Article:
Tendinitis, or tendonitis, is a condition which arises when tendons, the thick cords joining muscles and bones, become inflamed or irritated.
While any tendon in the body could potentially be affected by this condition, it is most likely to affect tendons in the elbow, heel, shoulder or wrist. Common names for varying forms of tendinitis include tennis or golfer’s elbow, jumper’s knee, swimmer’s shoulder or pitcher’s shoulder.
Tendinitis is a repetitive strain injury that causes acute tenderness and dull, aching pain. The pain typically increases if the affected area is moved or touched. There may also be some tightness and/or swelling, which may make movement difficult.
Repetitive movement leading to overuse of the tendons necessary to make the movement is the most common cause of tendinitis.
The risk of developing tendinitis is increased by incorrect performance of the motion. Workers in occupations requiring awkward positions, overhead lifting, high physical exertion or repetitive movements over prolonged period are at particular risk of developing this repetitive stress injury.
This risk is further heightened if unsuitable or defective equipment are used. Athletes involved in certain sports, such as basketball, bowling, golf or tennis, are also at a high risk of developing this condition.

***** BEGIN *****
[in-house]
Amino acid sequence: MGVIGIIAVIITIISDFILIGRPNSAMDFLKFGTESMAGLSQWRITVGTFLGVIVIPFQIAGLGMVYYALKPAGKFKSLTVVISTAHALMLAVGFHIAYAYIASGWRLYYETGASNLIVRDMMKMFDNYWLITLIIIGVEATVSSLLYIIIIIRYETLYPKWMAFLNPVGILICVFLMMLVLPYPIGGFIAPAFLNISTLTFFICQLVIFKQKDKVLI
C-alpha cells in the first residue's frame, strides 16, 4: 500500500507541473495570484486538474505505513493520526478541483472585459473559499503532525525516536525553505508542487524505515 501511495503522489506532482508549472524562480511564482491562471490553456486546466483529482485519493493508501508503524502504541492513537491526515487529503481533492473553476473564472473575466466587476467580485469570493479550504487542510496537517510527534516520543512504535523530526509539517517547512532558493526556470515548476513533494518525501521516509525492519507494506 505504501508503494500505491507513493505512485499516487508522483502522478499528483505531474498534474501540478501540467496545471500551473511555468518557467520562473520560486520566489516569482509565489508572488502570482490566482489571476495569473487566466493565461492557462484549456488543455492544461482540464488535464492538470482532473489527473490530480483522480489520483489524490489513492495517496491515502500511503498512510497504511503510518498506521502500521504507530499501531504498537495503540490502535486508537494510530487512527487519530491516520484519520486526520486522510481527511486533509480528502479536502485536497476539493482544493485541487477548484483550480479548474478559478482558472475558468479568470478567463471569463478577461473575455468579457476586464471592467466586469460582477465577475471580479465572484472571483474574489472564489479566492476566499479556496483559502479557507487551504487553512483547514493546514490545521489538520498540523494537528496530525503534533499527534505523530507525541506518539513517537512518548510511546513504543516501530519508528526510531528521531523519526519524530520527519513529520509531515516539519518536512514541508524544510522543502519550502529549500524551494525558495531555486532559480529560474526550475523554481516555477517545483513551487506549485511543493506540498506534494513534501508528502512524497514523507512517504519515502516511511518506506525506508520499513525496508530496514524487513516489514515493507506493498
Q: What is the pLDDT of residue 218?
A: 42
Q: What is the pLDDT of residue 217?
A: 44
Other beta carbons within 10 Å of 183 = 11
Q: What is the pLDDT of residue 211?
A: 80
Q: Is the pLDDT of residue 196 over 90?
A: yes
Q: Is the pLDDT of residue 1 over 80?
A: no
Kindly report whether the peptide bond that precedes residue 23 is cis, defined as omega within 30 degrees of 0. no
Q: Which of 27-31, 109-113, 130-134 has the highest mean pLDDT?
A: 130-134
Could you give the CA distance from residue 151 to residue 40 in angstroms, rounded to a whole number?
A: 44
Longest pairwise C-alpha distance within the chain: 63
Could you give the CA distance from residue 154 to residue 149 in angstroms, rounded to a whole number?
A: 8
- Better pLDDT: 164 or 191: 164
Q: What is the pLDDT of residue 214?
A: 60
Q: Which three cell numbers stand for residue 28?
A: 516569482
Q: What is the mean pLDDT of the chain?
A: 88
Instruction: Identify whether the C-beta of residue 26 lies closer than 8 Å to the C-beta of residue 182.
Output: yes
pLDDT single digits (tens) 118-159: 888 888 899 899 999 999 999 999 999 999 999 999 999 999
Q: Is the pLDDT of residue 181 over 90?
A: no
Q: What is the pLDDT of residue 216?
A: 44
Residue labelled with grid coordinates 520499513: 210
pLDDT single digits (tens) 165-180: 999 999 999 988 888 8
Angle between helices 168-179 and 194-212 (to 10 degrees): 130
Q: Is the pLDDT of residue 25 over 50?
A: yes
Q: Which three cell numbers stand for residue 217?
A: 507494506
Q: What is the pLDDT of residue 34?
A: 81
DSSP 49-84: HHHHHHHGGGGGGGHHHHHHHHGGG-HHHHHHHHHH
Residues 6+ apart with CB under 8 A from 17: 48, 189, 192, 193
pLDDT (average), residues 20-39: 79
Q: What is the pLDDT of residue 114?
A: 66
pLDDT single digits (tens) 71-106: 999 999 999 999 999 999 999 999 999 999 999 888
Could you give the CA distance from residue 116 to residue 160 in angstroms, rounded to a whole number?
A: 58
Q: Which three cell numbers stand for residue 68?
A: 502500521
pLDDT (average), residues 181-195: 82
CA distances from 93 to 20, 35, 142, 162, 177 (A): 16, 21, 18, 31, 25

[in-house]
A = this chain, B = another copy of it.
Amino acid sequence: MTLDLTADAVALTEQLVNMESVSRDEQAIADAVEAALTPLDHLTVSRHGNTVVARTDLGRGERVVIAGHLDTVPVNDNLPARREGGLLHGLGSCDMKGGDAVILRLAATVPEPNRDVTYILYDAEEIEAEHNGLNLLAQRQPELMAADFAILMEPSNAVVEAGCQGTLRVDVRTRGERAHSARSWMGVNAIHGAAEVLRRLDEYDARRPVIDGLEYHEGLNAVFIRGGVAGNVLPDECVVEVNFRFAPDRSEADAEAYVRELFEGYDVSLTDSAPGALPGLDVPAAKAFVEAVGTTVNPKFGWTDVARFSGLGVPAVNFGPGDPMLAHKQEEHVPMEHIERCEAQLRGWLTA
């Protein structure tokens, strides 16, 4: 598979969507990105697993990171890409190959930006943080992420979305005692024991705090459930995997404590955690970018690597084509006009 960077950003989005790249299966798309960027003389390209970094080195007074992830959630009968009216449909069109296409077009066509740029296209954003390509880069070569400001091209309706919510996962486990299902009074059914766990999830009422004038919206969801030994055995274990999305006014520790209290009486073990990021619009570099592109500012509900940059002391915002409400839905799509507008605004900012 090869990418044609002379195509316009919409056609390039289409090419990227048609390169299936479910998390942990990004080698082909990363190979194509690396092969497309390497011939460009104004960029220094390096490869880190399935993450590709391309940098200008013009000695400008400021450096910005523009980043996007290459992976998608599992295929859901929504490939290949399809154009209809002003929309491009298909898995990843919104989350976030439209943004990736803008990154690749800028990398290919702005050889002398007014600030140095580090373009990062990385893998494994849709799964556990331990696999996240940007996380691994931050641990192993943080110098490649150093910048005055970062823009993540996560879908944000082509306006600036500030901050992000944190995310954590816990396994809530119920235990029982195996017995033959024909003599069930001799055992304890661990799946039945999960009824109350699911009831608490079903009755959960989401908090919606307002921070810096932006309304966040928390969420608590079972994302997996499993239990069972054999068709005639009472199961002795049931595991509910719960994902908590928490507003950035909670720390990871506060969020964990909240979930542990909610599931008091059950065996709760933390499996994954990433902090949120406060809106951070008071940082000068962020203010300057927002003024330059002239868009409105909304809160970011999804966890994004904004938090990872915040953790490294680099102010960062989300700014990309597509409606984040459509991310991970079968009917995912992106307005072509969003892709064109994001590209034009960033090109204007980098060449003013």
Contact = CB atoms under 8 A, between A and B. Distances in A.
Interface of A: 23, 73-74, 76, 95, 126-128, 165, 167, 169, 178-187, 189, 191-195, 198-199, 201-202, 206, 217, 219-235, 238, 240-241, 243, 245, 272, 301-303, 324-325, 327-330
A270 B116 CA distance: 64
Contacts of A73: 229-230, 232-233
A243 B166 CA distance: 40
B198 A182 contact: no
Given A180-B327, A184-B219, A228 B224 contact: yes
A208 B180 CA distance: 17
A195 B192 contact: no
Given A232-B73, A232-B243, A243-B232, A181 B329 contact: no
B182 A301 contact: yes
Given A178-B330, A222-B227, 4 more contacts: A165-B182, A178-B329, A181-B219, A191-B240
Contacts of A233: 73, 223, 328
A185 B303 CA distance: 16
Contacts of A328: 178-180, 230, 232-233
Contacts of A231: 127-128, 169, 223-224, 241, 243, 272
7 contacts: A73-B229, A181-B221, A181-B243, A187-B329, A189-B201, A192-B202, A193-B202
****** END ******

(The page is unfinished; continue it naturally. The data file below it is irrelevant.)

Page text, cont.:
Certain diseases, like rheumatoid arthritis and diabetes, for example, can also be responsible for causing tendinitis, as can the simple process of ageing.
Sporting injuries or injuries sustained during accidents at work, at home, or on the road have also been known to cause tendinitis development.
The condition can be prevented by avoiding repetitive movements as much as possible. Comprehensive training and implementation of safe working procedures, as well as provision of suitable, well maintained equipment also help to reduce the risk of injury at work and sport-related accidents.
When tendinitis is the result of a work accident or prolonged repetitive movements at work, the affected individual may be able to claim work injury compensation.
For an individual to be entitled to industrial injury compensation, the injury or occupational illness must have been sustained or diagnosed within the last three years. You must also not be liable for cause of your work-related illness or injury.
More information on claim related matters can be obtained via our website, or by calling Accident Advice Helpline’s Freephone number, 0800 689 0500, and speaking with one of our dedicated advisers.
Date Published: March 2, 2015
Author: Accident Advice